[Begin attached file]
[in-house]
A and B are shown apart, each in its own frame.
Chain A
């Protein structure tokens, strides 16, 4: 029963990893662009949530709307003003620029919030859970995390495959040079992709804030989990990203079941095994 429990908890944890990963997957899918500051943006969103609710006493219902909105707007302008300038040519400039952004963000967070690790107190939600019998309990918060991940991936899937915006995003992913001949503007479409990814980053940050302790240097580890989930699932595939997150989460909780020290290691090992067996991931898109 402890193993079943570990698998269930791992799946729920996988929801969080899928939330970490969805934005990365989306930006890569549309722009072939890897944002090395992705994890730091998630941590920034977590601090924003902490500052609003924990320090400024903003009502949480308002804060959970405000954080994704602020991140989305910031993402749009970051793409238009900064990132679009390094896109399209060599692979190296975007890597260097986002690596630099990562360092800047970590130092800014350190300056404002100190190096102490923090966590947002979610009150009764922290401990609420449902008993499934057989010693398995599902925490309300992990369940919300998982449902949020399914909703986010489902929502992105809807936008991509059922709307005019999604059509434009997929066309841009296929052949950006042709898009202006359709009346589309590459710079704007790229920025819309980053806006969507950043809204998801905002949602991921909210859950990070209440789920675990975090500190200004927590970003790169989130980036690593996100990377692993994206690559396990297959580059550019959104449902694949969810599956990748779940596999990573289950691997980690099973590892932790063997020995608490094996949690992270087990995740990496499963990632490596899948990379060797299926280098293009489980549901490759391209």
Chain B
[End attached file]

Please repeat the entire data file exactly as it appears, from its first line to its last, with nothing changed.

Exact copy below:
[in-house]
A and B are shown apart, each in its own frame.
Chain A
């Protein structure tokens, strides 16, 4: 029963990893662009949530709307003003620029919030859970995390495959040079992709804030989990990203079941095994 429990908890944890990963997957899918500051943006969103609710006493219902909105707007302008300038040519400039952004963000967070690790107190939600019998309990918060991940991936899937915006995003992913001949503007479409990814980053940050302790240097580890989930699932595939997150989460909780020290290691090992067996991931898109 402890193993079943570990698998269930791992799946729920996988929801969080899928939330970490969805934005990365989306930006890569549309722009072939890897944002090395992705994890730091998630941590920034977590601090924003902490500052609003924990320090400024903003009502949480308002804060959970405000954080994704602020991140989305910031993402749009970051793409238009900064990132679009390094896109399209060599692979190296975007890597260097986002690596630099990562360092800047970590130092800014350190300056404002100190190096102490923090966590947002979610009150009764922290401990609420449902008993499934057989010693398995599902925490309300992990369940919300998982449902949020399914909703986010489902929502992105809807936008991509059922709307005019999604059509434009997929066309841009296929052949950006042709898009202006359709009346589309590459710079704007790229920025819309980053806006969507950043809204998801905002949602991921909210859950990070209440789920675990975090500190200004927590970003790169989130980036690593996100990377692993994206690559396990297959580059550019959104449902694949969810599956990748779940596999990573289950691997980690099973590892932790063997020995608490094996949690992270087990995740990496499963990632490596899948990379060797299926280098293009489980549901490759391209």
Chain B